With the sheer number of APIs comes a large degree of variation. There’s variation in API formats, access controls, performance levels, querying and much more. Basically, communicating data between all those different kinds of APIs can become messy because they handle data in different ways. Application developers are typically busy building the most effective user experience, and they want to avoid having to worry about precisely how APIs format and handle data. They may not have the time or expertise to wade through the different formats to get the full benefit of the data.
This is where GraphQL comes in. GraphQL is the new API query language and has taken the world of developers and big and small companies by storm. GraphQL allows frontend developers — the folks whose job is to worry about the user experience — to query for backend data, irrespective of the API style or purpose. In short, GraphQL makes it easy for you to aggregate useful data from any kind of API.
GraphQL for data management
What makes GraphQL relevant to your data management goals? A central concept in GraphQL is the stitching of multiple pieces of data; you get customer data from one backend, and orders data from another, and now you can ask for “give me all the orders for customer John Doe.”
This concept of stitching is powerful and allows for compositions of subgraphs. There could be one team that builds out the customer subgraph, another team that builds out the ecommerce subgraph, and a third team that focuses on the marketing subgraph. Now, a query: “Show me the relevant promotions for customer John Doe” could fetch data from each of the subgraphs.
As you can see, this is revolutionary. Instead of thinking of your GraphQL API layer as a central monolith, it can be partitioned into teams and then combined. It can be partitioned by countries (to protect data privacy laws) and then combined. It can be partitioned by clouds (to improve performance) and then combined. The new layer is a graph of graphs. In the same way, as the web was formed —interconnections within and outside a domain, the same composition can happen in the GraphQL API layer.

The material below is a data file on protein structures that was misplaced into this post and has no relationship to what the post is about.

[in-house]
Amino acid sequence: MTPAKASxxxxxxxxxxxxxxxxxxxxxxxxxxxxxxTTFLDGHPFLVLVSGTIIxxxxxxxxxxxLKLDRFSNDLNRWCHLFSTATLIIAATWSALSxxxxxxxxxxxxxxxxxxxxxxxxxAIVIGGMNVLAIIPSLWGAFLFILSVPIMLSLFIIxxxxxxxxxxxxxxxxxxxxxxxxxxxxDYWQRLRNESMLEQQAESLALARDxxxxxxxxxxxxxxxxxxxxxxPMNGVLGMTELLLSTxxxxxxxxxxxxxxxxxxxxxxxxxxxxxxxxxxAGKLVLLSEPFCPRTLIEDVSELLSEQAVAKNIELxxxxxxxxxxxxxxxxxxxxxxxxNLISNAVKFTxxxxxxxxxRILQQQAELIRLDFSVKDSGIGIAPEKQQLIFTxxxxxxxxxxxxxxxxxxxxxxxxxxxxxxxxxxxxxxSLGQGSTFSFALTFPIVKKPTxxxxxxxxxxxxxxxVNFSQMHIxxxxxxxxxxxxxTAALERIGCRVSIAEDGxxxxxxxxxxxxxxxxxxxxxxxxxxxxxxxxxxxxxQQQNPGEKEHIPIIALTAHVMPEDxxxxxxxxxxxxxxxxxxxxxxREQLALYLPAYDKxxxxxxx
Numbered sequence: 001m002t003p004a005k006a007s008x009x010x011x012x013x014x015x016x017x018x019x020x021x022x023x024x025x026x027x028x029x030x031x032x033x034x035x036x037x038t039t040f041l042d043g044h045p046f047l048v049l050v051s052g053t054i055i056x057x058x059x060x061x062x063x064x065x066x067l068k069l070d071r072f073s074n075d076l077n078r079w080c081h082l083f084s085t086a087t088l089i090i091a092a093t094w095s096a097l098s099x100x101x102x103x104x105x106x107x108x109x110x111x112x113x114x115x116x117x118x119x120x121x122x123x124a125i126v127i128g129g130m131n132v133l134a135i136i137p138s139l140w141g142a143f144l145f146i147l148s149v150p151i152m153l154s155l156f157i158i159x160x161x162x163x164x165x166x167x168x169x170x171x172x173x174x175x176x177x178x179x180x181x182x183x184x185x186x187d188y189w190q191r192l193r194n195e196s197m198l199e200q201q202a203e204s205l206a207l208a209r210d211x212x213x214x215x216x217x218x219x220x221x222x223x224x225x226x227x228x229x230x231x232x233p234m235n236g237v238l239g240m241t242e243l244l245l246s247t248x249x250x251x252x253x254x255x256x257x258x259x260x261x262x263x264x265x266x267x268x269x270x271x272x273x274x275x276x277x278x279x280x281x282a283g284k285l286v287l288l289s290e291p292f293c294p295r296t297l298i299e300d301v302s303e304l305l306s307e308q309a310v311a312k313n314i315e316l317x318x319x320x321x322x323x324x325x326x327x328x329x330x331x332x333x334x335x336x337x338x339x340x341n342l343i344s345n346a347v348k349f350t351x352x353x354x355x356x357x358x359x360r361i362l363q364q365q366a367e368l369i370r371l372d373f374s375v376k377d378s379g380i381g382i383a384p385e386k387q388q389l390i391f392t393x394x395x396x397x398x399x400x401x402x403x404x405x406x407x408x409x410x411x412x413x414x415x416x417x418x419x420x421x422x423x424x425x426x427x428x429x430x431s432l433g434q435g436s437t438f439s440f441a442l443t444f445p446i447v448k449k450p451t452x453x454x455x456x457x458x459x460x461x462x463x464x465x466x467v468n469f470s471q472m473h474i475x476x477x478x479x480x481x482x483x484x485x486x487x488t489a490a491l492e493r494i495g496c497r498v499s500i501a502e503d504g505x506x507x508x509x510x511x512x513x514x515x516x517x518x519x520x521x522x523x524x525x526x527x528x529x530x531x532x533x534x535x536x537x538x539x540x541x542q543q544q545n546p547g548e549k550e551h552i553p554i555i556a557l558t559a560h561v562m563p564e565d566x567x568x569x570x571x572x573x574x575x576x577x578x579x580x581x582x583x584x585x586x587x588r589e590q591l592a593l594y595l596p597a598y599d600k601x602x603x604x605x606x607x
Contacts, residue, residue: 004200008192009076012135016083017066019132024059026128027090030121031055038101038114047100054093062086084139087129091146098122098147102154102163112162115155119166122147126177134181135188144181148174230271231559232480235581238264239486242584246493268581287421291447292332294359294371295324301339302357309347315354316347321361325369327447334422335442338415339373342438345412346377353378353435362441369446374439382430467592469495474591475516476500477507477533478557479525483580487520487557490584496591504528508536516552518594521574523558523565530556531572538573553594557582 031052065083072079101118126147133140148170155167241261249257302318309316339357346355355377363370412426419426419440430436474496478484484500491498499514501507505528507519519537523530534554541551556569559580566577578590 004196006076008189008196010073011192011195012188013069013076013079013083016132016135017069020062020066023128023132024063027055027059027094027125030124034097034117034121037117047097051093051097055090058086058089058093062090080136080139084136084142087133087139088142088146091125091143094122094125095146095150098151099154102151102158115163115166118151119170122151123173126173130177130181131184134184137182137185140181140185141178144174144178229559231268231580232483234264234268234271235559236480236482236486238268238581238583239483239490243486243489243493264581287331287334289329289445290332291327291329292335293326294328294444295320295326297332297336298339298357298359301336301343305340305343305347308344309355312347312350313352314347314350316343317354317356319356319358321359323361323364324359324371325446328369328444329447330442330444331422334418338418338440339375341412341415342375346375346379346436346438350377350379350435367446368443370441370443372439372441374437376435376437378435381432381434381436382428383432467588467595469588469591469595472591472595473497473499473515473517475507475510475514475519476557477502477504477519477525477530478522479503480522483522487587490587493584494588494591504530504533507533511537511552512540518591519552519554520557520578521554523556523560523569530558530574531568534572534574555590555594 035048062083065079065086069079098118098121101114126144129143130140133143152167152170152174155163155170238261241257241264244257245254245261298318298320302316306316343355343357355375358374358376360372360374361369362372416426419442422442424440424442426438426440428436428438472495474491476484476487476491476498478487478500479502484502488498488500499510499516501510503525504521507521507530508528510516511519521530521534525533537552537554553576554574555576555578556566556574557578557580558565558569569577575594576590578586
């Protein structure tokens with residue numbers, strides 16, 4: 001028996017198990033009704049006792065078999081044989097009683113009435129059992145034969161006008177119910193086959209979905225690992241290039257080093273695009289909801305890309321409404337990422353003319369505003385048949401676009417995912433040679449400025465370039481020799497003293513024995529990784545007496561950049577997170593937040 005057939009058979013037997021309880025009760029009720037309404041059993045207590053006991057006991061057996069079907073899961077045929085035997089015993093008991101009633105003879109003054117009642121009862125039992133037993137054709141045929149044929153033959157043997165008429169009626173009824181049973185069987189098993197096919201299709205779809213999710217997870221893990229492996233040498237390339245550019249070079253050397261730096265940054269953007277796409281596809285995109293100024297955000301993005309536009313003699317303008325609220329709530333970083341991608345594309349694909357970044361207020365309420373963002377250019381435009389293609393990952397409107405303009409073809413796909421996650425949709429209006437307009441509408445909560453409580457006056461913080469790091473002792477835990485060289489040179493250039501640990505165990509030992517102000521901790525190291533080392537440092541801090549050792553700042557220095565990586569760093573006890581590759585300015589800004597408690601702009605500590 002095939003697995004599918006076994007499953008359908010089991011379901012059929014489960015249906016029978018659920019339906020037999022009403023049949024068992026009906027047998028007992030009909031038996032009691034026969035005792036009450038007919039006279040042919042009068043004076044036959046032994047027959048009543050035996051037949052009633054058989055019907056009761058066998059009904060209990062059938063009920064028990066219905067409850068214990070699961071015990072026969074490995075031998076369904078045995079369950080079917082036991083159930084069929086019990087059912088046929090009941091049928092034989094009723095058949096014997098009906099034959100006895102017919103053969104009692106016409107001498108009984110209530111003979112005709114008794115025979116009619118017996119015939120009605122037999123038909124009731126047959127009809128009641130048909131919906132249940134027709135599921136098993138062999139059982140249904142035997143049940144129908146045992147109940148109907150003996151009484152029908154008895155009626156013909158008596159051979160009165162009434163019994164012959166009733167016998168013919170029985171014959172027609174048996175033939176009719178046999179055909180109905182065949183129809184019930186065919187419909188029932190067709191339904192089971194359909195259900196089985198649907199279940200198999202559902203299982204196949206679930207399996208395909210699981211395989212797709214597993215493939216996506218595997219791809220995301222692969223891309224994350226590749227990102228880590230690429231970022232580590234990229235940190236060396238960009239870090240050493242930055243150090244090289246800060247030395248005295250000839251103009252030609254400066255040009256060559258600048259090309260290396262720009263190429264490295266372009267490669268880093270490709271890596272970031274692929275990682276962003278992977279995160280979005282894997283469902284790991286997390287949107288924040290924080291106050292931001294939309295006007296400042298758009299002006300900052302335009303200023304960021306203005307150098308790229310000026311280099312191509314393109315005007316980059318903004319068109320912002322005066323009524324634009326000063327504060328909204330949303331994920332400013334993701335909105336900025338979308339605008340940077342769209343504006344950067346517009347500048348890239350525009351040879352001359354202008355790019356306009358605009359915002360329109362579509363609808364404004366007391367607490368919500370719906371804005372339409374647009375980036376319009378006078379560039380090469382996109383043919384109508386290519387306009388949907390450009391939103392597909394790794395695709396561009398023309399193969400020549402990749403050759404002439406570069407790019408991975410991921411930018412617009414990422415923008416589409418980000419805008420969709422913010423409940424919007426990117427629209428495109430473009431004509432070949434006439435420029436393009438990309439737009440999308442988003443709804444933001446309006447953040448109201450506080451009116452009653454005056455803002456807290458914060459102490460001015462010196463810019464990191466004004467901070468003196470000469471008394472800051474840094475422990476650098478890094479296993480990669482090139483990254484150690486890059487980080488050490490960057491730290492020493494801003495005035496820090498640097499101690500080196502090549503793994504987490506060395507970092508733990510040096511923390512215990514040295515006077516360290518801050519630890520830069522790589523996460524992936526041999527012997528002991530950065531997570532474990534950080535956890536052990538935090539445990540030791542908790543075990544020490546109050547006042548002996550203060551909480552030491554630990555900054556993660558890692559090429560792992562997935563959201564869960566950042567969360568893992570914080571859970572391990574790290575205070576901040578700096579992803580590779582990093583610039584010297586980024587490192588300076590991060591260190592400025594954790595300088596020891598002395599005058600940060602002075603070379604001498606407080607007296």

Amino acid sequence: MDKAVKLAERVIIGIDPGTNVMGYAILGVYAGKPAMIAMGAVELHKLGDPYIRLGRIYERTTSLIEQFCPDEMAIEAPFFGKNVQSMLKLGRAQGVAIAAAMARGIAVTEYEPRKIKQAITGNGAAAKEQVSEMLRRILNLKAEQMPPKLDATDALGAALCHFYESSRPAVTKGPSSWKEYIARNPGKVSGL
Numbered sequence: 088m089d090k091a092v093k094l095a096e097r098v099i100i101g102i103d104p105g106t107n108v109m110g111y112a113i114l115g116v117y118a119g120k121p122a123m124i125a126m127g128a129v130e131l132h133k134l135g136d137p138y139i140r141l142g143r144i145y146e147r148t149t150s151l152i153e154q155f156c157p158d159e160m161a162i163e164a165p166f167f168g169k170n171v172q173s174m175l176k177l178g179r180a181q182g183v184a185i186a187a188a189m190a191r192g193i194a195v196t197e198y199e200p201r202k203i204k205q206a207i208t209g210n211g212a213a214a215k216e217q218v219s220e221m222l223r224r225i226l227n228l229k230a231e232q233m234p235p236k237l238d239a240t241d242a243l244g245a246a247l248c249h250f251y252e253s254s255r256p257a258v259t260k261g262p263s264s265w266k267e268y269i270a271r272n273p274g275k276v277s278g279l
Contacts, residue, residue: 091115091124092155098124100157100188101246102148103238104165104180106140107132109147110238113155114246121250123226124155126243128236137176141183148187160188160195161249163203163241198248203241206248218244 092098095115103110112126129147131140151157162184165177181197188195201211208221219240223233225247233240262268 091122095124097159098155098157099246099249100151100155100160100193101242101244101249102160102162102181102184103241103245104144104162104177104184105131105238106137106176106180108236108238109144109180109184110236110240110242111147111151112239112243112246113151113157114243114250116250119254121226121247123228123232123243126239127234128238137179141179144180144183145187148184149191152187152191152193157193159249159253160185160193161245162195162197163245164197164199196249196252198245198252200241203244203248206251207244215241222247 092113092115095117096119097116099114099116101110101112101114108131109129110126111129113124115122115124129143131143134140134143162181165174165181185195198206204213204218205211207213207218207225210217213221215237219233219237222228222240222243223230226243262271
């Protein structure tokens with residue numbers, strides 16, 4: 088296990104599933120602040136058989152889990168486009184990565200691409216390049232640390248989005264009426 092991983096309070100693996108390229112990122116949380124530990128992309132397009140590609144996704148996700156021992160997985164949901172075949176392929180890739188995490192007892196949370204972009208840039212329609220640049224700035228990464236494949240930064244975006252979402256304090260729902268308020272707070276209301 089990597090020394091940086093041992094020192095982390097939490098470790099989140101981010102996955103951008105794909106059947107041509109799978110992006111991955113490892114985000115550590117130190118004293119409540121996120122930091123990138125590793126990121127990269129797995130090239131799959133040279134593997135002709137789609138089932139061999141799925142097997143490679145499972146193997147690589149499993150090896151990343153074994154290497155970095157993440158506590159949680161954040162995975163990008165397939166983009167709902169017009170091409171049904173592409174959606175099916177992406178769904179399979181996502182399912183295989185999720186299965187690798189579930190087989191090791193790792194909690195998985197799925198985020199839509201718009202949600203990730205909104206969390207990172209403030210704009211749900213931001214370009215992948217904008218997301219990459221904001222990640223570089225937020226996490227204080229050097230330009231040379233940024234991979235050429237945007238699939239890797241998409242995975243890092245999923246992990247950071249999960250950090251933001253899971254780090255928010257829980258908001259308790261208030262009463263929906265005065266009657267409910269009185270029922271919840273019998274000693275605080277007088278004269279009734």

As you start to think about this graph of graphs, you will, rightfully so, think about performance, governance, standardization, etc. Good GraphQL implementations make them easy. For example, building out this graph of graphs declaratively (in other words, describing what the graph structure is, rather than how it is executed) allows for easier performance goals, cleaner governance, and easier standardization.
In summary, a new data layer is emerging in companies: the API layer. This layer sits between the systems that store, manage, and analyze data, and the systems and apps that collect data. The best way to access the API layer is through a query language like GraphQL. GraphQL lets developers get to the data more easily without having to worry about the “how.”
Furthermore, it is naturally decomposable, allowing for very flexible architectures, by having an inbuilt graph of graphs concepts. That in turn means you can process data more efficiently and get more business value from the information that your APIs collect.
Anant Jhingran is the CEO and cofounder of StepZen.